1975 Ferrari 312 T Pilot: Niki Lauda Team: Scuderia Ferrari Race: 3rd in the 1975 Italian GP Hot Wheels - T6937 (diecast)
Though it spawned from the 312 B3/74 of 1974, the Ferrari 312 T had some very distinctive characteristics. In particular, out of the norm for a Ferrari, it had a transversely-mounted gearbox (312 Transversale). But in terms of chassis it was basically the same, an aluminum monocoque with a composite body. And the engine was the old naturally aspirated, mid-engine and longitudinally mounted flat-12 with 2992 cm³. With DOHC, 48 valves and Lucas fuel injection it produced around 500 hp.
The 312 T also had a very different suspension from that of the 312 B3, and the front of the chassis was also much narrower. As a result, the handling of the car became inherently neutral, ending the persistent understeer which plagued the 312 B3. With that, Ferrari was very confident about the 312 T.
After a long drought, the 1974 season was a desperately needed injection of enthusiasm for Maranello. Scuderia Ferrari scored three wins, and things were finally looking better. So with a good car and a good team, hopes were high for the 1975 season. Austrian Niki Lauda and Swiss Clay Regazzoni worked out well together. And as Sporting Director, Luca di Montezemolo was a very good bridge (and buffer) between the team and upper management. By June, Ferrari already had three wins in seven races, and the cars were running basically trouble-free.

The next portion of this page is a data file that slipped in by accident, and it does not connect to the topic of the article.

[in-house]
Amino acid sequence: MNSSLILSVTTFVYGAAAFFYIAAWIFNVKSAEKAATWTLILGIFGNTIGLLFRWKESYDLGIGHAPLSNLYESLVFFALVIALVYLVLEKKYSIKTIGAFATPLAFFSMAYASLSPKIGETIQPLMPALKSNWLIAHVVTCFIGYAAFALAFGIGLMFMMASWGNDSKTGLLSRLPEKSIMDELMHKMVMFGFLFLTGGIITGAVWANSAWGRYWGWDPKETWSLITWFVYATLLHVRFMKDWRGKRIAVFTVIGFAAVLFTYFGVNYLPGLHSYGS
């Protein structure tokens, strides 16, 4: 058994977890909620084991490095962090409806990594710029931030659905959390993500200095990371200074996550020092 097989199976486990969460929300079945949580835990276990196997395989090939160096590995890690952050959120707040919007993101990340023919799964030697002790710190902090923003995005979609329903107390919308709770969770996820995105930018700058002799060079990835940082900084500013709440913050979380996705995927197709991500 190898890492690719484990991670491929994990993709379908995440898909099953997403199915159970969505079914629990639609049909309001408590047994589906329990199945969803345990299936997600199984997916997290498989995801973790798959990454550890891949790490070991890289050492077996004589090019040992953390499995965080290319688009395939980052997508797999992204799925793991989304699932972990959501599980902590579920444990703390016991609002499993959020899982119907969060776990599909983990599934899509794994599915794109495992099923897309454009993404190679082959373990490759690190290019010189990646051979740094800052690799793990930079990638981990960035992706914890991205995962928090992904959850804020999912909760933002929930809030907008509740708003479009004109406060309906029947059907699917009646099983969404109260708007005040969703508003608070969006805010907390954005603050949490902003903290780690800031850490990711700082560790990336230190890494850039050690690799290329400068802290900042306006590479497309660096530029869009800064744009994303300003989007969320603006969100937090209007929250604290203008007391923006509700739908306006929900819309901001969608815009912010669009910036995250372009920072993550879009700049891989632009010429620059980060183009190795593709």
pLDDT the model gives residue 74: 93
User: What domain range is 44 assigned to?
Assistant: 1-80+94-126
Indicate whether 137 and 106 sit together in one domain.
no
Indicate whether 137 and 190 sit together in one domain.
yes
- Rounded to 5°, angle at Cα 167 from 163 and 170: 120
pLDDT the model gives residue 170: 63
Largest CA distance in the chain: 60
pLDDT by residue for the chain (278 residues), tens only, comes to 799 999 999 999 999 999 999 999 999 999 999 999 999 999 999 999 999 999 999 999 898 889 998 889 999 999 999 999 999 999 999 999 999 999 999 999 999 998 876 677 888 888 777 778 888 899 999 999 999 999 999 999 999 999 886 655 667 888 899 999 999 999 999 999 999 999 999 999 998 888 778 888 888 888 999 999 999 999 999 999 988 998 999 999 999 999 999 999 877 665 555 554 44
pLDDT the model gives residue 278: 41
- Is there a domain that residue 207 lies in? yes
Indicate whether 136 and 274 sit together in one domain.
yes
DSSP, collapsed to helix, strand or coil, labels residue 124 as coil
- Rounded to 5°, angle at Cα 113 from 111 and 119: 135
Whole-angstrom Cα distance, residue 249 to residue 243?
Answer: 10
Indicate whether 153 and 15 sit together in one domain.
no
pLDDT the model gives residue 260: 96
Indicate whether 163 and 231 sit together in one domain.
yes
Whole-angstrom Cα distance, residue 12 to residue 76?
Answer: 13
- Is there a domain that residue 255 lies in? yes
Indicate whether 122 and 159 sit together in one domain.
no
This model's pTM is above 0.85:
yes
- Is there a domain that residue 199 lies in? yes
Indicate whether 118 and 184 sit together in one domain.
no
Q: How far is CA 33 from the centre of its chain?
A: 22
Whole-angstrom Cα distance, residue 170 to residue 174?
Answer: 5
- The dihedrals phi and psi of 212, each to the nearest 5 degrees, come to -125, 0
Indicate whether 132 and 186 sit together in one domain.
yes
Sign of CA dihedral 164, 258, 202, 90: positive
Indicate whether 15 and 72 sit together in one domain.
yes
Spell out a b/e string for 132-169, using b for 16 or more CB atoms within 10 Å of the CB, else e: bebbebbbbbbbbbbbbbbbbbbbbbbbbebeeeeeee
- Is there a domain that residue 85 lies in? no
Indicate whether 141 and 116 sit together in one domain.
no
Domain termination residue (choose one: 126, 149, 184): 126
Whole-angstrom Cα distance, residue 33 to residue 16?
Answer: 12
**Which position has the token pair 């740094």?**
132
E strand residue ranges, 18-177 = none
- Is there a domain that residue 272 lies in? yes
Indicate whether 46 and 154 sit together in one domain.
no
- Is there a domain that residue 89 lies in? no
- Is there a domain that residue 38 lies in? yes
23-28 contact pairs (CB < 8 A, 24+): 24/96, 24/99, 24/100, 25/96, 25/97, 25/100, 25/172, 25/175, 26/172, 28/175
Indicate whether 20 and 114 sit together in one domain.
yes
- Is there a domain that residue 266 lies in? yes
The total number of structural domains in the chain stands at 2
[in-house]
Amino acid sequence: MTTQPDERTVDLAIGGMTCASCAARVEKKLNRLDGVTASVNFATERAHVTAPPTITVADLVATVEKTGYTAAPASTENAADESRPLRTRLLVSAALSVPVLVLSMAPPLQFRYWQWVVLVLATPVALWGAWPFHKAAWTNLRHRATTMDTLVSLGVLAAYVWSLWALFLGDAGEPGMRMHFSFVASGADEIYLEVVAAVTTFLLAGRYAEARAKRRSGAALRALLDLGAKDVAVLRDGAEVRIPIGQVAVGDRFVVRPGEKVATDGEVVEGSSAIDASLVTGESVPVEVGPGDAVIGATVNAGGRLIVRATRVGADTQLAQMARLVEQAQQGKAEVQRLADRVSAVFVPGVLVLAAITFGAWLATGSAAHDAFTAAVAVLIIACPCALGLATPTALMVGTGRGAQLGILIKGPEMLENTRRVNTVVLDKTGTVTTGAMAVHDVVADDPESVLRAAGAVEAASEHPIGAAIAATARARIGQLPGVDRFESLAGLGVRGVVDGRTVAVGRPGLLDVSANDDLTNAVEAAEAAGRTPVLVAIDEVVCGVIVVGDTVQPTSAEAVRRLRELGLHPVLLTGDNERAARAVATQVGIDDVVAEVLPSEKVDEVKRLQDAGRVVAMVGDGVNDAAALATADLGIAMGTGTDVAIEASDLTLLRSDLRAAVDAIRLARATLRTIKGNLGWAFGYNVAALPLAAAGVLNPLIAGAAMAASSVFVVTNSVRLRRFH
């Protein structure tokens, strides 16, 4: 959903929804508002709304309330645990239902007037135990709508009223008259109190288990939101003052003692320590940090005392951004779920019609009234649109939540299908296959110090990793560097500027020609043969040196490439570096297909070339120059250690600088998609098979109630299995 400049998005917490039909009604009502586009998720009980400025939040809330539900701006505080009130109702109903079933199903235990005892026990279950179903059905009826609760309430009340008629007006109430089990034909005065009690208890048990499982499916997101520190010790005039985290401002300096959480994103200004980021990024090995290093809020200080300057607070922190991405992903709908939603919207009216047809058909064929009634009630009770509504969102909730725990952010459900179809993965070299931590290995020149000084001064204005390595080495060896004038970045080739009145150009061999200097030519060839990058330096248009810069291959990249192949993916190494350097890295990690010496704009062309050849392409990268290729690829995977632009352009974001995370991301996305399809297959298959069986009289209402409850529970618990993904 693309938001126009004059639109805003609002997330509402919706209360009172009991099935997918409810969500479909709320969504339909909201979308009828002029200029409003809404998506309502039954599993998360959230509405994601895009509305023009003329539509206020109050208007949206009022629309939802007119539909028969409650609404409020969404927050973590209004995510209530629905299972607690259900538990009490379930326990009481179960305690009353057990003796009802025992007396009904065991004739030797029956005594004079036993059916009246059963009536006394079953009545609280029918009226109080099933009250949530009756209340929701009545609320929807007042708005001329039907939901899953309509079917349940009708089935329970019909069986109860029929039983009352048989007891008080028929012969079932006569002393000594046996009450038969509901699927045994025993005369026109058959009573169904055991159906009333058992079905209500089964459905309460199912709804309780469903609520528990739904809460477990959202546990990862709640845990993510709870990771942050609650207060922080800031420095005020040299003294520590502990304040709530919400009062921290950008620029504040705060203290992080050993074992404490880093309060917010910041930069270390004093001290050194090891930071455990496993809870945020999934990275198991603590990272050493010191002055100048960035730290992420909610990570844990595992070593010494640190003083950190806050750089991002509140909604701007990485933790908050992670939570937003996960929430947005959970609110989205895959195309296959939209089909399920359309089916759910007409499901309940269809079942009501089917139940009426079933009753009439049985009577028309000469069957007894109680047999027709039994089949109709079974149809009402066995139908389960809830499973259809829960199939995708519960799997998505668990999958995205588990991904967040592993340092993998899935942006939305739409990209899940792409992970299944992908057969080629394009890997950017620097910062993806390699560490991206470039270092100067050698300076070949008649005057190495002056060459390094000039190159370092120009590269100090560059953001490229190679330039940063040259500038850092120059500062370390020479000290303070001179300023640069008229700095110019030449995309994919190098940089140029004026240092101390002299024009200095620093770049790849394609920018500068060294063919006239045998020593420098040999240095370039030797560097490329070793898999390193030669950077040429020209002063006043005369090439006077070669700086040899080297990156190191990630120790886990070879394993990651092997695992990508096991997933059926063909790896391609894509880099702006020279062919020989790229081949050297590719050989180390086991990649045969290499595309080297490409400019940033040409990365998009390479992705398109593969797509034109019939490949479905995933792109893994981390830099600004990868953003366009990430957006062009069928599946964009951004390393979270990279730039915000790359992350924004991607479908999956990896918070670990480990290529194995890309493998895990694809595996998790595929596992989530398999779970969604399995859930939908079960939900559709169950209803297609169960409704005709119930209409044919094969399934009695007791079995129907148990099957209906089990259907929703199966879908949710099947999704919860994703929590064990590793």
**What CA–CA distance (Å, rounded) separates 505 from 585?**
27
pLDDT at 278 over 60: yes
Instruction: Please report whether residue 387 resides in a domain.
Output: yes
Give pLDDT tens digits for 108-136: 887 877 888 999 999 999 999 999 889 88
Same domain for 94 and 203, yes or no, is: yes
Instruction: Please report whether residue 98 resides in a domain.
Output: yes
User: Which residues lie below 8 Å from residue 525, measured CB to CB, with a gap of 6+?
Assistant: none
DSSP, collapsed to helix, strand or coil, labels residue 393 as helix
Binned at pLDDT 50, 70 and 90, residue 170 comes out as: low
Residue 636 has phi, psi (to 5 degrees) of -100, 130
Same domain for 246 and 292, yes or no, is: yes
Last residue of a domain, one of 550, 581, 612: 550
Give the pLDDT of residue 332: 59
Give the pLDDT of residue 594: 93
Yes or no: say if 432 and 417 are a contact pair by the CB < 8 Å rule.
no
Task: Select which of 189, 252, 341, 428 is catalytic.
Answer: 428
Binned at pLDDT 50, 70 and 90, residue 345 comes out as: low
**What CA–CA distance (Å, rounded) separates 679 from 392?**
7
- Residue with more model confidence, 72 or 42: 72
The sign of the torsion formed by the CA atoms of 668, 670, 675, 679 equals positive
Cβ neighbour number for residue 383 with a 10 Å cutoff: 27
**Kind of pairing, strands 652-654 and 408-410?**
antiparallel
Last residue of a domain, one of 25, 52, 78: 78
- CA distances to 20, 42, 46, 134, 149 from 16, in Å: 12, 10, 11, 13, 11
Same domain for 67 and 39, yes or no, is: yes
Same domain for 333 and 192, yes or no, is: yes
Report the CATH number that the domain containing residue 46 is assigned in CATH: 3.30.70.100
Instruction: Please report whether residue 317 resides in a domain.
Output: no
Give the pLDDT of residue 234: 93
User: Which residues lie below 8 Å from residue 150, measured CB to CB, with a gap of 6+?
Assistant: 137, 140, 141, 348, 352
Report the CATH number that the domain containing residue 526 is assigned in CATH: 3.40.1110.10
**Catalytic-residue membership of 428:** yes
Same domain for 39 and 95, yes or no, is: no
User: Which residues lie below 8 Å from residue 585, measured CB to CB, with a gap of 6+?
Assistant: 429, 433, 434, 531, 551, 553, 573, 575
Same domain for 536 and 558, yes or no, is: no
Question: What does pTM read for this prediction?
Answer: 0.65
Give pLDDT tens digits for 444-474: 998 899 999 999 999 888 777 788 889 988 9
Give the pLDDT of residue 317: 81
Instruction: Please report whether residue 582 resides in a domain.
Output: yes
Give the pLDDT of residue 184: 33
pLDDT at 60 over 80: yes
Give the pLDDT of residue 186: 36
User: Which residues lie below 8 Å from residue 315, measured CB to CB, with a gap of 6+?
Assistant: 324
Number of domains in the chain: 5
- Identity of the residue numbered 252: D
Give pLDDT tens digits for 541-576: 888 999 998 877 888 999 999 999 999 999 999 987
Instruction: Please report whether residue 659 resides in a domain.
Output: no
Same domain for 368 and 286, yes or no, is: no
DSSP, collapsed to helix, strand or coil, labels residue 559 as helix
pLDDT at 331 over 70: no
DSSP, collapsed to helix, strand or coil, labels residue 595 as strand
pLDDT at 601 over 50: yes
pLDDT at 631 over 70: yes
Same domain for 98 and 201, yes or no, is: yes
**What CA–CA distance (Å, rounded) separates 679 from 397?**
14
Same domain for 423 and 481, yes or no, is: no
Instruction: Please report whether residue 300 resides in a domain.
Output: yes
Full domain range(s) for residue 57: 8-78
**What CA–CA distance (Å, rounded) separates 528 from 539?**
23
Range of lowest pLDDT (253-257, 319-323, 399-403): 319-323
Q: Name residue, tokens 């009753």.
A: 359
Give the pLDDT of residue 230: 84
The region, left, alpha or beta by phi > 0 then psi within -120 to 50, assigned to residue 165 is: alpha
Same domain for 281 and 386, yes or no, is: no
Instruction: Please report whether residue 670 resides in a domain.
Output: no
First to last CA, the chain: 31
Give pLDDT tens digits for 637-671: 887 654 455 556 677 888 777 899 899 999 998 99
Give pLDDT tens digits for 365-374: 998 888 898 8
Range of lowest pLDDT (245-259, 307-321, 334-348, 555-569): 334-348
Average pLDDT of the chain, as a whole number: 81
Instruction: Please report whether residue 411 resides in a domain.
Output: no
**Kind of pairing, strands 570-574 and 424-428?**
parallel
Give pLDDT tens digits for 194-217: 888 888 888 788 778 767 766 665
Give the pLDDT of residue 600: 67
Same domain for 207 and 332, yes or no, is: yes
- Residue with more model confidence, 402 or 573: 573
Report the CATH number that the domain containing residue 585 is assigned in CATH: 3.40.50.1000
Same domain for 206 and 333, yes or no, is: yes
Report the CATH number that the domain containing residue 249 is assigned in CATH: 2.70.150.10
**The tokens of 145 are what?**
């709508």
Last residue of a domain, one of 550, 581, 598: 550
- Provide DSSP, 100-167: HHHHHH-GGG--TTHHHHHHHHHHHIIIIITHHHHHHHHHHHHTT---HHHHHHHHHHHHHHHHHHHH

The Italian Grand Prix of 1975 was a huge event for Ferrari. It took place at the Monza circuit on September 7th, in their own backyard. Ferrari had a LOT running in that race. It was their first solid shot at FIA’s F1 World Championship for Constructors since 1964. And equally important, it was their first chance at the Driver’s Championship also since 1964. For Monza, the scuderia had Regazzoni on car #11 (chassis #312T-024) and teammate Lauda on car #12 (chassis #312T-023). With his four victories so far in the season, Lauda had a solid chance at the championship. If he finished at least fifth he would take the title. But he did better – Lauda came in third and Regazzoni won! That was enough for his first world championship.
One more Ferrari. Well, not just “a” Ferrari, but the 312 T that gave Lauda his first world title. As I said before, I really like Niki Lauda. Back when I was a kid and still followed F1, he was one of my favorites. Well, I never saw him drive a Ferrari, but did follow him in his McLaren years. In scale, once again Hot Wheels delivers a FANTASTIC model. I’m certain hardcore Ferrari and/or F1 collectors will agree that these models are just terrific. They offer a great detail level for a decent price. Unfortunately though, Hot Wheels is no longer producing them. Such a shame… 🙁